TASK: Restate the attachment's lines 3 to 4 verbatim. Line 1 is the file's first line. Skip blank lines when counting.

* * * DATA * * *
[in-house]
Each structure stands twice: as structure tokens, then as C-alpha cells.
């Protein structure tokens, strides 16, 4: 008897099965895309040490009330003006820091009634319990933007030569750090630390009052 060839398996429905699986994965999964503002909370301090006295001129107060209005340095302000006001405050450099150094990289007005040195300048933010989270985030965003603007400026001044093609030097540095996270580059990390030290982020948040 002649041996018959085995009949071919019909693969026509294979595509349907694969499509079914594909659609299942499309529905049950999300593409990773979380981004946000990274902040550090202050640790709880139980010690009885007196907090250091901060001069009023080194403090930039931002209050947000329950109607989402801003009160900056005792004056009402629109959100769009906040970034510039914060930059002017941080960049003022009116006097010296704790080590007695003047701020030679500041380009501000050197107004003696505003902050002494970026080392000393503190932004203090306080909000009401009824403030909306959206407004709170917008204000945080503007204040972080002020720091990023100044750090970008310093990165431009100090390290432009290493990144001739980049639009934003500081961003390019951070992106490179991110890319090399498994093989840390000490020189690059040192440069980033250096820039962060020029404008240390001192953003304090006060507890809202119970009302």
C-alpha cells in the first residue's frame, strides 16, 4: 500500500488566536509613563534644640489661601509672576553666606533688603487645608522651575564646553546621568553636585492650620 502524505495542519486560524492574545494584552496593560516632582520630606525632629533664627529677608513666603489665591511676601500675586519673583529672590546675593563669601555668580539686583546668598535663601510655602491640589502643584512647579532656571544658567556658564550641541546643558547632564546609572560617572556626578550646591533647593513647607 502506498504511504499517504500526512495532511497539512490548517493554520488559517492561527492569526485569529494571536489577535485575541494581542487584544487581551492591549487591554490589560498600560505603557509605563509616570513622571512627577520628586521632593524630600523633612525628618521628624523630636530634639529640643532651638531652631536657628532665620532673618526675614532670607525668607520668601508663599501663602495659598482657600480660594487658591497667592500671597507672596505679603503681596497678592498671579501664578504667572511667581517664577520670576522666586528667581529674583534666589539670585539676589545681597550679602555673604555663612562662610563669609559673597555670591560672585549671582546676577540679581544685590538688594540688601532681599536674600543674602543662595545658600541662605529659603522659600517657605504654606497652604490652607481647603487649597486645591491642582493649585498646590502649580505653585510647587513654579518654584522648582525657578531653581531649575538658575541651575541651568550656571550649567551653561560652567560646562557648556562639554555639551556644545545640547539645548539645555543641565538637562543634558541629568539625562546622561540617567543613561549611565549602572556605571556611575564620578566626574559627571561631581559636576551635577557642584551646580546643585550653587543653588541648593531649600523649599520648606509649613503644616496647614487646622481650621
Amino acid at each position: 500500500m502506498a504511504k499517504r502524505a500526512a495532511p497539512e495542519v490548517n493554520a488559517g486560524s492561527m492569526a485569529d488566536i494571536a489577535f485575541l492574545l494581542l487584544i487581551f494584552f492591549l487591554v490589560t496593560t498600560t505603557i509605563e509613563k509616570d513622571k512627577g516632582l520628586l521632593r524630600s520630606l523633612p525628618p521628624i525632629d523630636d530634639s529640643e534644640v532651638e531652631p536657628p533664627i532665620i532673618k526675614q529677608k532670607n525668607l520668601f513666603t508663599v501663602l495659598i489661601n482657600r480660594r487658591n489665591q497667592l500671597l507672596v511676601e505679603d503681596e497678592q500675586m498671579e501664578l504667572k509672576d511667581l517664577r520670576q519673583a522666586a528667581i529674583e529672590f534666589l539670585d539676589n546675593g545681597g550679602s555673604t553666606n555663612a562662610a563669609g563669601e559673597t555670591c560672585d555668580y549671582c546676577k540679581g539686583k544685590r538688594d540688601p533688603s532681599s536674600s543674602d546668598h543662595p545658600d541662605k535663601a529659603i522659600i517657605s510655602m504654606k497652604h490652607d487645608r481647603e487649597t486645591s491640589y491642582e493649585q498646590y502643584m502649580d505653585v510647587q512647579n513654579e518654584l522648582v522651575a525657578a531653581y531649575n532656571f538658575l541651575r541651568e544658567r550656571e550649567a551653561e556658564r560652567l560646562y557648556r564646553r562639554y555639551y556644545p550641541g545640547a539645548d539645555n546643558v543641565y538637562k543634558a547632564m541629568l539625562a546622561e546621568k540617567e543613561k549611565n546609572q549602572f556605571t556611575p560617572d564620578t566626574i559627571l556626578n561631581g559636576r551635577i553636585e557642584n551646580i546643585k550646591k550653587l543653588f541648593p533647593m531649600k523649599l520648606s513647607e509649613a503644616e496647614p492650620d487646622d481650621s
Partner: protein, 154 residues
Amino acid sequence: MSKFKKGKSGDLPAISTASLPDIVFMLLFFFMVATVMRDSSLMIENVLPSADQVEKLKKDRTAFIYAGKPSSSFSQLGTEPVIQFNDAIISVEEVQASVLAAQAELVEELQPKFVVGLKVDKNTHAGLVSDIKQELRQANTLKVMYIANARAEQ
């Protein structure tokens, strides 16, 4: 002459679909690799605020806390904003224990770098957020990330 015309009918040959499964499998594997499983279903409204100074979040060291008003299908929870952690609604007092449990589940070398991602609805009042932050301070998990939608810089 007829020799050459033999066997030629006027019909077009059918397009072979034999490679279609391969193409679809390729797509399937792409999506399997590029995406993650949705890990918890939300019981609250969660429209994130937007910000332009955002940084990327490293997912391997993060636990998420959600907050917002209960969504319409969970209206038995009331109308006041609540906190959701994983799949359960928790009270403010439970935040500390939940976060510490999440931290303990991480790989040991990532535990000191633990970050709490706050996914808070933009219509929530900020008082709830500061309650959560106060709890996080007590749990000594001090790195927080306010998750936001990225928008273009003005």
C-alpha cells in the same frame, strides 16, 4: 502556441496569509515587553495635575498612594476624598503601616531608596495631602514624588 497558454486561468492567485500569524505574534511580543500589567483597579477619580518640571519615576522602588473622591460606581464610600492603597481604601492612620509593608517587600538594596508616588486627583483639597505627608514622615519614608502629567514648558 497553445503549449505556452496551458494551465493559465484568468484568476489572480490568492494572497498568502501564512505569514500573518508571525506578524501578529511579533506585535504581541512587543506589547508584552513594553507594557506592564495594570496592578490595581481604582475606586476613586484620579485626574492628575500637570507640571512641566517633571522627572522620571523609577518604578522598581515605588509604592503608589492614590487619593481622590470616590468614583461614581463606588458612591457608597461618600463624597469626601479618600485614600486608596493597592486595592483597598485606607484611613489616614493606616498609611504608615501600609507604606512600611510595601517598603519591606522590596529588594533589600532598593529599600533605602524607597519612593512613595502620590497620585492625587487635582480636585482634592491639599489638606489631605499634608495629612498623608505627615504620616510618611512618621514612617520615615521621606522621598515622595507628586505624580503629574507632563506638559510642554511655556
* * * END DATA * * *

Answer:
């Protein structure tokens, strides 16, 4: 008897099965895309040490009330003006820091009634319990933007030569750090630390009052 060839398996429905699986994965999964503002909370301090006295001129107060209005340095302000006001405050450099150094990289007005040195300048933010989270985030965003603007400026001044093609030097540095996270580059990390030290982020948040 002649041996018959085995009949071919019909693969026509294979595509349907694969499509079914594909659609299942499309529905049950999300593409990773979380981004946000990274902040550090202050640790709880139980010690009885007196907090250091901060001069009023080194403090930039931002209050947000329950109607989402801003009160900056005792004056009402629109959100769009906040970034510039914060930059002017941080960049003022009116006097010296704790080590007695003047701020030679500041380009501000050197107004003696505003902050002494970026080392000393503190932004203090306080909000009401009824403030909306959206407004709170917008204000945080503007204040972080002020720091990023100044750090970008310093990165431009100090390290432009290493990144001739980049639009934003500081961003390019951070992106490179991110890319090399498994093989840390000490020189690059040192440069980033250096820039962060020029404008240390001192953003304090006060507890809202119970009302």
C-alpha cells in the first residue's frame, strides 16, 4: 500500500488566536509613563534644640489661601509672576553666606533688603487645608522651575564646553546621568553636585492650620 502524505495542519486560524492574545494584552496593560516632582520630606525632629533664627529677608513666603489665591511676601500675586519673583529672590546675593563669601555668580539686583546668598535663601510655602491640589502643584512647579532656571544658567556658564550641541546643558547632564546609572560617572556626578550646591533647593513647607 502506498504511504499517504500526512495532511497539512490548517493554520488559517492561527492569526485569529494571536489577535485575541494581542487584544487581551492591549487591554490589560498600560505603557509605563509616570513622571512627577520628586521632593524630600523633612525628618521628624523630636530634639529640643532651638531652631536657628532665620532673618526675614532670607525668607520668601508663599501663602495659598482657600480660594487658591497667592500671597507672596505679603503681596497678592498671579501664578504667572511667581517664577520670576522666586528667581529674583534666589539670585539676589545681597550679602555673604555663612562662610563669609559673597555670591560672585549671582546676577540679581544685590538688594540688601532681599536674600543674602543662595545658600541662605529659603522659600517657605504654606497652604490652607481647603487649597486645591491642582493649585498646590502649580505653585510647587513654579518654584522648582525657578531653581531649575538658575541651575541651568550656571550649567551653561560652567560646562557648556562639554555639551556644545545640547539645548539645555543641565538637562543634558541629568539625562546622561540617567543613561549611565549602572556605571556611575564620578566626574559627571561631581559636576551635577557642584551646580546643585550653587543653588541648593531649600523649599520648606509649613503644616496647614487646622481650621